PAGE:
Victims of Dangerous House Calls: Ramona Jean Williamson
“Ramona Jean Williamson, 66, of Crestview Hills, died Thursday at her residence. She was a retired advertising word- processor for the Cincinnati Enquirer. She was a member of Lakeside Presbyterian Church, Lakeside Park, and Ohio Valley Quilt Guild, and she was a volunteer at Erlanger-Elsmere United Ministries. Her husband, Andrew Williamson, died in 1993.”
Ramona Jean Williamson was strangled to death by Fred Furnish, an employee of Tech Dry, on June 25, 1998. After killing Mrs. Williamson, Furnish used her debit cards to withdraw money from her bank accounts. Furnish had several convictions in Kentucky and Indiana for theft, burglary, and receiving stolen money by fraud. There was no background check done on Furnish which allowed him access to more than one victim. He was sentenced to death in July 1999.
Before the 1998 crime Furnish already had several convictions for theft and burglary and had spent nearly a dozen years behind bars in Kentucky and Indiana. Each time he was released, he soon returned to prison for another burglary. By the time he was released in April 1997, he had hit a prison guard, adding an assault charge to his record.
In addition, in November of 1997, Furnish was robbing a home of Doris Bertsch. She returned home while the robbery was taking place, and Furnish strangled and murdered her. The conclusions of this crime had not been made at the time of Williamson’s murder, and often times crimes such as these can take years to solve. However, had tech dry conducted a background check on Furnish they would have easily noticed his prior convictions for theft and burglary, and that should have kept him out of consumers homes.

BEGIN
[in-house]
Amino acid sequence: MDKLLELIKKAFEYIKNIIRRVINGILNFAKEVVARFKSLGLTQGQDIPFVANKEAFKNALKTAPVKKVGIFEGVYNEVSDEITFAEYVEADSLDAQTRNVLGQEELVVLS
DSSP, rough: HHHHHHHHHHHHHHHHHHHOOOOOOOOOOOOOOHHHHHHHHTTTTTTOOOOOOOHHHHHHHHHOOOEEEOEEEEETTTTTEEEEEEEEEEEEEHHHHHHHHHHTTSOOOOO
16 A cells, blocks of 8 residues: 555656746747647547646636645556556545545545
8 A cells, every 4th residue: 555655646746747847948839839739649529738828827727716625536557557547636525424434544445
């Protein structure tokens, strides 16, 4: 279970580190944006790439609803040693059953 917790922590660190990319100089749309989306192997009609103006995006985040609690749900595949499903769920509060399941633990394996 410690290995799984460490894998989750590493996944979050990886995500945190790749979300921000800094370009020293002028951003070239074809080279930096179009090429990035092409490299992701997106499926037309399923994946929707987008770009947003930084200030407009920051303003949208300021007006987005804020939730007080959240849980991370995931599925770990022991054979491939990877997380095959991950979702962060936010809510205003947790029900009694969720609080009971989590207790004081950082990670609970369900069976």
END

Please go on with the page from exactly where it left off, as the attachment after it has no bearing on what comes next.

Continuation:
While this case is dated compared to others, it’s important to note that this still occurs. There are still companies that do not care enough to pay for proper background checks, and we hear from them often. The flip side of this is that we, as consumers, often assume that a company is sending a safe and screened worker. While they should be doing just that, we can no longer assume that all companies recognize this moral obligation.
Ask the right questions:
- Who are you sending to my home?
- Have you screened this technician?
- Which screens have been done on him/her? (note that there is NO national all-encompassing background check)
- When did you last screen him/her?
- What do they look like/ who am I expecting?
Service companies should be able to give sound responses to each of these. You could also suggest CAUSE Certification (as this program essentially answers all of these questions and more without you ever having to ask them)
It’s time for consumers to ask the right questions so they can make smart choices. Assuming when it comes to your safety or the safety of your loved ones is simply ignorance.
Previous Posts in this series:
Post : + Intro
Post: Ask a friend over for coffee
Post: Trust is earned
Post: Protect yourself in the workplace
Post: Beware of referral services
Post: Violent crimes can happen in any type of neighborhood
Post: Conducting business with service providers outside of your home
Post: Apartment maintenance can be just as dangerous